How the neobanks tackle banking’s big problems

Neobanks are having the same effect on banking, as quantum theory did on our ideas about reality, Medici suggests. Furthermore, digital banking has become a part of our everyday lives.

Stash CEO, Brendan Krieg, claims that his company has gained over 3 million customers since 2015. He says that the reasons as to why they have become so popular is that they’ve studied the consumer, and discovered that the average person wants to live a better financial life. Perhaps it is unsurprising that Stash’s average user is a 29-year-old who makes $50k a year, not a bad salary for a Millennial these days. But, success, Krieg suggests, is down to the fact that Stash’s app makes it easy for people to invest.

As Medici points out, the neobanks have gained their successes because they are meeting the customer where they are and are finding ways to connect advice, banking, and investing in one experience.

This applies not just to Stash: it’s a global phenomenon. The leading success factor for the major neobanks’ growth appears to be their superior customer experience compared to the traditional banks.

The redesigned mobile and web applications, and smooth customer onboarding, have enabled players like Monzo, Atom and Starling Bank to grow at speed.

Also, by eliminating costs associated with physical branch maintenance, neobanks are able to reduce the fees associated with key products.

However, while the customer experience seems to be the neobanks’ key selling point, there is another factor. They are solving the bigger issues with conventional banking.

For example, they are looking at innovative product offerings and improved customer service. Medici gives the example of Open, a neobank in India. It has integrated automated accounting and payment gateways with their current account offering. Furthermore, its platform enables startups and SMEs to integrate banking and accounting in one place using a multi-bank connect feature. And Open helps startups and SMEs to manage employee expenses in a seamless way.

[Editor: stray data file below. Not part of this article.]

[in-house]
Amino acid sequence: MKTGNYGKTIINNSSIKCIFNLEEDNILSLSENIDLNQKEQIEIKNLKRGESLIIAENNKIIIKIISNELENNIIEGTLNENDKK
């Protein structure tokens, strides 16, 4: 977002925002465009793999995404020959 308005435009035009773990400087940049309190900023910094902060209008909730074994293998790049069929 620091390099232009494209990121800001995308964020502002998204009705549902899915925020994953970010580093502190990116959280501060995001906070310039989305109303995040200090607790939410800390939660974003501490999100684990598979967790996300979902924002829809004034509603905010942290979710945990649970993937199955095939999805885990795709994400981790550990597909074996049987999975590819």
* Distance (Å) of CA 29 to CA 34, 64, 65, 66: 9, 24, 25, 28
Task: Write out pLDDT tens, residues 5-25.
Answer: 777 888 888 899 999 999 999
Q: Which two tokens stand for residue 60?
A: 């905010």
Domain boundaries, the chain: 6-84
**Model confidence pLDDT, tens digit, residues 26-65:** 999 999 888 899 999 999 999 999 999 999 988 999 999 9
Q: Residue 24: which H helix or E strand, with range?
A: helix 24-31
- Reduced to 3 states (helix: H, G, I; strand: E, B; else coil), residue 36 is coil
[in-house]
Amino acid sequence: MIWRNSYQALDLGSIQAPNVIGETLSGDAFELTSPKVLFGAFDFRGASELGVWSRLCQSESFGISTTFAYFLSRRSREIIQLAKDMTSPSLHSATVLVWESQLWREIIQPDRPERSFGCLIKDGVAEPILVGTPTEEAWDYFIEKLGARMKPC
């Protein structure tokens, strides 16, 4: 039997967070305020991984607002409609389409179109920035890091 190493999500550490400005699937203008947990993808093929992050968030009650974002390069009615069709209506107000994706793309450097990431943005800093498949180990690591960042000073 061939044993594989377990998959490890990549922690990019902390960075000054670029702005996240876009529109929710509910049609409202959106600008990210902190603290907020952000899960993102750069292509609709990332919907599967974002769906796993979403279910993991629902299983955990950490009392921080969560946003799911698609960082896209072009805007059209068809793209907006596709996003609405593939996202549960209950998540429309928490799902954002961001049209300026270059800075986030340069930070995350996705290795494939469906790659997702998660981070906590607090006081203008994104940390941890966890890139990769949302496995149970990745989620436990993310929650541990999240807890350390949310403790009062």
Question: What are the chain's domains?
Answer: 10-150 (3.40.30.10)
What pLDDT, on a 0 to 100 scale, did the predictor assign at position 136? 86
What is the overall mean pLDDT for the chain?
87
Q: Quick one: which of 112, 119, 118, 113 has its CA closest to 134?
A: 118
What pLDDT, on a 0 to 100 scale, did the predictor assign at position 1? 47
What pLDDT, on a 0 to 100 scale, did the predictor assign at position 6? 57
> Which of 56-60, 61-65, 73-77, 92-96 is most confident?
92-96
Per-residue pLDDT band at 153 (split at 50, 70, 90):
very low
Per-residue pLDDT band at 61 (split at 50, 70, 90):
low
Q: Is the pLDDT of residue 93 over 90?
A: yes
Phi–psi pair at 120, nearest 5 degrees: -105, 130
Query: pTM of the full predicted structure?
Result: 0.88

Another example from India is InstantPay. It is focused on bridging a gap that traditional banks have not looked at since banks opened in India, and that is some time ago. InstantPay drives financial inclusion in a responsible and sustainable way and has reached 10,000+ PIN codes, and caters to 50 million unique customers.

Anish Achuthan, CEO of Open, said, “Most Startups & SMEs generally use multiple dashboards and interfaces for invoices, bookkeeping, and online payments. Making vendor payments and employee payouts have always been a challenge. All of this drains entrepreneurs and finance teams of their time & energy.”

Western neobanks have been successful largely because of the customer experience they offer, while in the Asia-Pacific markets the neobanks have to take a step further by answering core banking problems in the industry, such as like ‘knowledge transfer,’ ‘undocumented logic,’ ‘technical debt,’ and a ‘skills/desire gap’.


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